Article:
So you are talking about the Eastern Mediterranean pipeline?
I am talking about the EastMed, the electric cable and other frameworks of cooperation. We are in the Mediterranean region. The cooperation between Israel and Greece, between Israel and Cyprus and definitely your close relationship with Cyprus and Egypt, are cornerstones of regional policy and for creating an environment of cooperation. Cooperation in the Middle East doesn’t come naturally, there are obstacles on the way. Especially in terms of the historical Israeli-Arab ties. Greece has an important role to play in the Mediterranean and can be a certain actor in introducing a different kind of modus operandi among neighboring countries. We share the same sea, the same environment and same environment challenges. We need to explore our leverage in terms of the natural resources we possess. Cooperation can be mutually beneficial for our countries and create a framework of peace and peace dividends for all countries. We can all overcome political obstacles by introducing this multilateral framework of activities.
How does Israel view what has been happening in Syria in recent weeks? Does the shift of balance there add to instability or do you see a possible opportunity for stability at some point?
Syria has been chaotic for the last nine years. The future challenge of Syria is in maintaining its territorial integrity and sovereignty. Syria should be free of foreign forces, whether they are Iranian or Turkish. This is in the national interest of Israel. We have an interest in stability in Syria. And Syria should become part of the peace camp in the Middle East, which includes Egypt, Jordan and definitely some of the Gulf countries. We follow events in Syria very carefully. We are concerned about the Turkish military action and the attempt to establish a security zone in that part of Syria. We certainly hope that the Turkish government will respond to international calls, stop the operation and end the human suffering inflicted on the Kurdish population of Northeast Syria. We hope that the European Council and the visit of US Vice President Mike Pence will yield results. I would conclude by saying that we are following the situation in Syria very closely and we have an interest there. No one should forget that Syria borders Israel. The stability of Syria and the governance of Syria are of utmost importance for our northern frontier. Our concerns in Syria are mostly the Iranian deployment there and Iranian efforts to reach the Mediterranean via Syria and Lebanon. And we all know Iran’s rhetoric and aspirations. This recent development of the Turkish operation definitely does not contribute to peace and stability in the region.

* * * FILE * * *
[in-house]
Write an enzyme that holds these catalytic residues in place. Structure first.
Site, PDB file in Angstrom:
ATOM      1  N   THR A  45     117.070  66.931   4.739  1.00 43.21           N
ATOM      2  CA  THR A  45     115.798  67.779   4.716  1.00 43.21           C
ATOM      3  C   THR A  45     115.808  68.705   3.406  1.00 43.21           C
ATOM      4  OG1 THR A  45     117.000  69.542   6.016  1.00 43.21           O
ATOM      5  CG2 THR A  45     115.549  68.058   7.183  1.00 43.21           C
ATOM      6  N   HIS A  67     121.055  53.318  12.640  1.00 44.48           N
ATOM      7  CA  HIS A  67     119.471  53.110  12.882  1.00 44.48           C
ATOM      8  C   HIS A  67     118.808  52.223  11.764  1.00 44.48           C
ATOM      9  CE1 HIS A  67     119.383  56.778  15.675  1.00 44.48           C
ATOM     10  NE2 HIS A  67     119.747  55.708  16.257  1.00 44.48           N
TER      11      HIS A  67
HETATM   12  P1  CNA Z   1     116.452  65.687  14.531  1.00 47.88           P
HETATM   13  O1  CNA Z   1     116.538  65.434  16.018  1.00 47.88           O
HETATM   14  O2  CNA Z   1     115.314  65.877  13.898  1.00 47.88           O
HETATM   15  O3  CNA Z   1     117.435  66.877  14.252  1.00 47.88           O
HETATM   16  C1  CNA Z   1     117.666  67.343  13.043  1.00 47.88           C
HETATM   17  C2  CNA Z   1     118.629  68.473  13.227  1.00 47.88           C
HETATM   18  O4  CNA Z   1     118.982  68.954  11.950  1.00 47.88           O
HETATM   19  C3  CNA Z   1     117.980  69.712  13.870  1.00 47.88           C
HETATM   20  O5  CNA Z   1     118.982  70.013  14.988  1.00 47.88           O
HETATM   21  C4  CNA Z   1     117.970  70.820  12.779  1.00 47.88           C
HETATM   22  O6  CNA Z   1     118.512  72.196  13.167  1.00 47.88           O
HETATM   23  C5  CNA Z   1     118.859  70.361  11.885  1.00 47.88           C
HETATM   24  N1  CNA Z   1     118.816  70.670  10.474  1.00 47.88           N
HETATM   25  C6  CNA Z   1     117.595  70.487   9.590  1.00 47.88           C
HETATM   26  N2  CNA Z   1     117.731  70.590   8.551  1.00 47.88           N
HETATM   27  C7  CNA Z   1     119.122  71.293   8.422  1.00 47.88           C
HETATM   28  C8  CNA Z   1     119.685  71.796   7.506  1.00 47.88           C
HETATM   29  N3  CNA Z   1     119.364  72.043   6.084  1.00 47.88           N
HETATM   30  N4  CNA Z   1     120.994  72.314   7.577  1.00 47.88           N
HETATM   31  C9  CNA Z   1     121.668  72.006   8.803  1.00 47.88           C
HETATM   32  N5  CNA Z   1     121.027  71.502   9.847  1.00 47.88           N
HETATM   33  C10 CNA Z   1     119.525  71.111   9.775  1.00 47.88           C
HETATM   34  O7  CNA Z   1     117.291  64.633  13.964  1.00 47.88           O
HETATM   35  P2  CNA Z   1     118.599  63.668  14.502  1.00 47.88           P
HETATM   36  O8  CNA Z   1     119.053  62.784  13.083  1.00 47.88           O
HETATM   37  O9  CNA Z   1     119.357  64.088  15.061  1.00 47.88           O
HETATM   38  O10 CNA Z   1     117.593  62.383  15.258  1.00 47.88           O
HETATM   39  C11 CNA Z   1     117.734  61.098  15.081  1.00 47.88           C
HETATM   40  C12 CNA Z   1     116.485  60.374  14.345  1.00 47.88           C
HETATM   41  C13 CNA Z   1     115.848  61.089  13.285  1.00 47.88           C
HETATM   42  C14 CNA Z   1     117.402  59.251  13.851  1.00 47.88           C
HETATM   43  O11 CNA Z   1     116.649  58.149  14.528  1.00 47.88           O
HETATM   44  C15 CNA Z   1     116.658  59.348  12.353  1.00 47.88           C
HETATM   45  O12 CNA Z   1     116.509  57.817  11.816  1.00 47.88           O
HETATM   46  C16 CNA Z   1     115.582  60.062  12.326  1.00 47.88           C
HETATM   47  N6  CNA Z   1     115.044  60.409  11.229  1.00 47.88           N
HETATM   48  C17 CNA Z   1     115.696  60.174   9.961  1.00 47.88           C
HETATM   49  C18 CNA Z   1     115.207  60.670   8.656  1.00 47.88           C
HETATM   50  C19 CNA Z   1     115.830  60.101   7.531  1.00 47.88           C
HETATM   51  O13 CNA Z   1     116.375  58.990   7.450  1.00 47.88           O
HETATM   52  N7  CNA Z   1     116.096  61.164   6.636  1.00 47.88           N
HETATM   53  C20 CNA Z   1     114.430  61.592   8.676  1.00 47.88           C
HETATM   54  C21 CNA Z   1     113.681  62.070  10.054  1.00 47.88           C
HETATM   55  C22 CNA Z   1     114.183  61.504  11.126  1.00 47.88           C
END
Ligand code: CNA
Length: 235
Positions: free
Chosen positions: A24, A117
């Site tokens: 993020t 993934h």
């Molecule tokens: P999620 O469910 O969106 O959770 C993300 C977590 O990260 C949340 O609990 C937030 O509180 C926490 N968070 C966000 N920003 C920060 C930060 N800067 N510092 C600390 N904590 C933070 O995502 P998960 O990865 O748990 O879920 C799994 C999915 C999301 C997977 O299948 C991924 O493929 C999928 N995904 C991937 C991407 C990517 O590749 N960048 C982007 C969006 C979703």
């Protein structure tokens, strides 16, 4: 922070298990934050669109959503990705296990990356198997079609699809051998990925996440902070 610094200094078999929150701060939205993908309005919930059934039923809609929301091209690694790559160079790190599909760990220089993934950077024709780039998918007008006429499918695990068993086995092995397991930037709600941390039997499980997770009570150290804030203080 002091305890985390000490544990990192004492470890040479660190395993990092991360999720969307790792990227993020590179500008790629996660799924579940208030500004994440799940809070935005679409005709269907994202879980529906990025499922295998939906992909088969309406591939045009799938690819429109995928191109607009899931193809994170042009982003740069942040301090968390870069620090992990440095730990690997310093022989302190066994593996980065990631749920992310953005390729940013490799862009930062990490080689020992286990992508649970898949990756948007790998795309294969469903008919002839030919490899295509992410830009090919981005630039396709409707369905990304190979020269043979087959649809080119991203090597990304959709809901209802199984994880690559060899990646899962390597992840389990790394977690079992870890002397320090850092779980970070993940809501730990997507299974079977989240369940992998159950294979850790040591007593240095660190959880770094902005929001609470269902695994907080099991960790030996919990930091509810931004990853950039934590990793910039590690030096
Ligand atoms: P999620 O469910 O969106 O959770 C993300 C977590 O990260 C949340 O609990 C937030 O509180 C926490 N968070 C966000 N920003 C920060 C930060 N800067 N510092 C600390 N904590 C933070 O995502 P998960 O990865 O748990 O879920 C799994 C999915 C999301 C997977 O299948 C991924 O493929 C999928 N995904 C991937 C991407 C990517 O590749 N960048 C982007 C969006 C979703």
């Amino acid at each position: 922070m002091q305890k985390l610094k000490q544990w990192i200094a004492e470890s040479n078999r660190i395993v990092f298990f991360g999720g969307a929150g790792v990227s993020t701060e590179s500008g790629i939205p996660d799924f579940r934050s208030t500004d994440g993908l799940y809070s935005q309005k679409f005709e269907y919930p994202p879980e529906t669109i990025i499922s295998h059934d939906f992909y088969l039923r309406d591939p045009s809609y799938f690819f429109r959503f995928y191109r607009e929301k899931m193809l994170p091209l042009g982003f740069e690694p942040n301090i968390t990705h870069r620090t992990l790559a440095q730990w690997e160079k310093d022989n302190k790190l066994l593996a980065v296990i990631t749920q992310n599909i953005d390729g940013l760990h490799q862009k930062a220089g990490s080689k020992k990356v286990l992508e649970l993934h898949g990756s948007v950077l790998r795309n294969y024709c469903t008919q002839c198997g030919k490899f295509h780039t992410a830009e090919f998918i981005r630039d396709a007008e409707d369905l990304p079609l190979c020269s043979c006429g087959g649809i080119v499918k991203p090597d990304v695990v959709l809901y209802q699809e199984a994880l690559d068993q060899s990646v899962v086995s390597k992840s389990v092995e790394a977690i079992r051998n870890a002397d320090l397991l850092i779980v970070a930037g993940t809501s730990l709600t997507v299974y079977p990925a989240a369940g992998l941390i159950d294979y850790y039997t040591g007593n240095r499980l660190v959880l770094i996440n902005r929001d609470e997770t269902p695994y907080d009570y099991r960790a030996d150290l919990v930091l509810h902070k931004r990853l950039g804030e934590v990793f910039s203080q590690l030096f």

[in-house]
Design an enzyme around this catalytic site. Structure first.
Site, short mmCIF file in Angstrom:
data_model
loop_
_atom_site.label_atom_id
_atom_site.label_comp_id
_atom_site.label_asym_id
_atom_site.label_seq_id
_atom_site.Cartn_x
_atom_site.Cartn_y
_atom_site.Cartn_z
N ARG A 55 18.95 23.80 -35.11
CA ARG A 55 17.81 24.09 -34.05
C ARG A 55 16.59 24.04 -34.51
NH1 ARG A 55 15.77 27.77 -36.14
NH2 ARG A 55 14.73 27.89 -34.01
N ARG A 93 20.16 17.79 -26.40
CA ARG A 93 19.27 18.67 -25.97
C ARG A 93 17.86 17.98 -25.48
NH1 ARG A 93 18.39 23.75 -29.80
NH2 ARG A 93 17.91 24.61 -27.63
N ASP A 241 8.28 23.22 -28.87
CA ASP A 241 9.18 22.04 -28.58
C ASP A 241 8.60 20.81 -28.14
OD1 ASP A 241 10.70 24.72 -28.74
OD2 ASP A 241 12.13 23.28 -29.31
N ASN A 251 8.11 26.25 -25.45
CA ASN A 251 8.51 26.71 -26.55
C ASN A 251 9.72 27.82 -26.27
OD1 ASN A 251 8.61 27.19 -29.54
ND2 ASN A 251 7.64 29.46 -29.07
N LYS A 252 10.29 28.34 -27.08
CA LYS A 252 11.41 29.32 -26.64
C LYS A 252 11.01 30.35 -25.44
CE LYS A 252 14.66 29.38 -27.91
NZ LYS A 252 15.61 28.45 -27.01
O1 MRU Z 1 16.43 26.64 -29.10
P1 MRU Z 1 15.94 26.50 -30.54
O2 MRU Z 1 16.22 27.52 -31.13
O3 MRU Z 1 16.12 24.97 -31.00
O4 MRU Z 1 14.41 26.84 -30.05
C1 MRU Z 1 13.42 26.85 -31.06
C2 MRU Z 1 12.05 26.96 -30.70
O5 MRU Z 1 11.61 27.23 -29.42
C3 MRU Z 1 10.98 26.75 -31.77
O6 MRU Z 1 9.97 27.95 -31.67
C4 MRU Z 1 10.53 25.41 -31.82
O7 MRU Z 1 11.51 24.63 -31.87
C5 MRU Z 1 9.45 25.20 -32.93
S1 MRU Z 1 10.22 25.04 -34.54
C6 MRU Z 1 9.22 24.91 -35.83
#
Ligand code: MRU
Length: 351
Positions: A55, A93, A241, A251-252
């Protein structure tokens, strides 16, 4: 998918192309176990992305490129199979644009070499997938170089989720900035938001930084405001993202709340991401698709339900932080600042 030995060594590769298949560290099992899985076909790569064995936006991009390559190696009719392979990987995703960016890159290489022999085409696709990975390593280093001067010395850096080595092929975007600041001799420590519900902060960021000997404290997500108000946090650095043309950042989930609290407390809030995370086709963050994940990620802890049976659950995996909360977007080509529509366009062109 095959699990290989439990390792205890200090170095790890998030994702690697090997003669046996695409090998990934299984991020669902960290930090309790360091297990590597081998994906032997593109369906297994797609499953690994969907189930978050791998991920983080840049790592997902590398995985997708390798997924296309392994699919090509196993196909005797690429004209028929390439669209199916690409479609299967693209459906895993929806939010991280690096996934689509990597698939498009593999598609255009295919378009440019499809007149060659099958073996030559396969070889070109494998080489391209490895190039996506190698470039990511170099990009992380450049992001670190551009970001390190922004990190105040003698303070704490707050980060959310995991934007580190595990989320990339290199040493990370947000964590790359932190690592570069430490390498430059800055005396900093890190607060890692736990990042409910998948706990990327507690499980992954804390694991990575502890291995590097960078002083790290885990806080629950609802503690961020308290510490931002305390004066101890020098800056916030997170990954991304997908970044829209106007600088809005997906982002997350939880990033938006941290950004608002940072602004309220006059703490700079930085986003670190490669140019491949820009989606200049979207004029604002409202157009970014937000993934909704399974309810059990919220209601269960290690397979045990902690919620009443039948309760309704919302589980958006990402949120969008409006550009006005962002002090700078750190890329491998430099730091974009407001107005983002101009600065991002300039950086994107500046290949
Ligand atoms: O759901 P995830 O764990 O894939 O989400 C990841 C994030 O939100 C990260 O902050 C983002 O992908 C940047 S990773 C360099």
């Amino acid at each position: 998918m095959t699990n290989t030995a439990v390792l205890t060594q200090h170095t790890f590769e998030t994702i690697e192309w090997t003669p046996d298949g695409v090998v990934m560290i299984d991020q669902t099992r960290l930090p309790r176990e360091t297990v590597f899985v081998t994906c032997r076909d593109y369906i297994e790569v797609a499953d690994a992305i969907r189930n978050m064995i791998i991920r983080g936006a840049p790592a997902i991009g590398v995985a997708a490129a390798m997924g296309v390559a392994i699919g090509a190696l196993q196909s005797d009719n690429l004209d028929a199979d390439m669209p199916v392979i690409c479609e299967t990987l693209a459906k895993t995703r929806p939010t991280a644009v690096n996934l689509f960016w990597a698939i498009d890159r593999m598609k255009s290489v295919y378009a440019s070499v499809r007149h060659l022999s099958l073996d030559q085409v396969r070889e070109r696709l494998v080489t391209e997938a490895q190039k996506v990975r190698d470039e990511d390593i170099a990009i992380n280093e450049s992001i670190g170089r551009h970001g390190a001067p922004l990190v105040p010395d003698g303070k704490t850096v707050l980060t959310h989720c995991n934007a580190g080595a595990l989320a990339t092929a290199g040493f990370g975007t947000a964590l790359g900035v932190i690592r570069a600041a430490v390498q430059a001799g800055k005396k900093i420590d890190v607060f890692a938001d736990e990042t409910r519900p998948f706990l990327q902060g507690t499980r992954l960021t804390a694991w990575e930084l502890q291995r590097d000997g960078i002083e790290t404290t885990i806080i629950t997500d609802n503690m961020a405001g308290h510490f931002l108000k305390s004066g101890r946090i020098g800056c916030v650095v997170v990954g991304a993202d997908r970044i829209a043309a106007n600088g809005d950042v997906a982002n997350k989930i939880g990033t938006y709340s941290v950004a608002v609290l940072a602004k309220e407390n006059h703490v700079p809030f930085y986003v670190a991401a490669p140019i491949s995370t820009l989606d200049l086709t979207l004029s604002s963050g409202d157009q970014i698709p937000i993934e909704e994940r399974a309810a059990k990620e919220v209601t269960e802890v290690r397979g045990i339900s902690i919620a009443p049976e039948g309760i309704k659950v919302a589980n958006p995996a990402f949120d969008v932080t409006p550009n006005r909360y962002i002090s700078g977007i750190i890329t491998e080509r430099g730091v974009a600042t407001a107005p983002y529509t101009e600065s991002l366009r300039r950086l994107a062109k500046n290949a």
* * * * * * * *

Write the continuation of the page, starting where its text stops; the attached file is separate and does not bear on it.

Turkey is also conducting illegal activities in Cyprus’ exclusive economic zone. Would you say that what has been characterized as the inability of Cyprus to safeguard its designated economic zone somehow reflects on the overall cooperation between Greece, Cyprus and Israel in defense, energy etc? Do you believe that US engagement in some aspects of the trilateral cooperation is going to remain the same in coming years?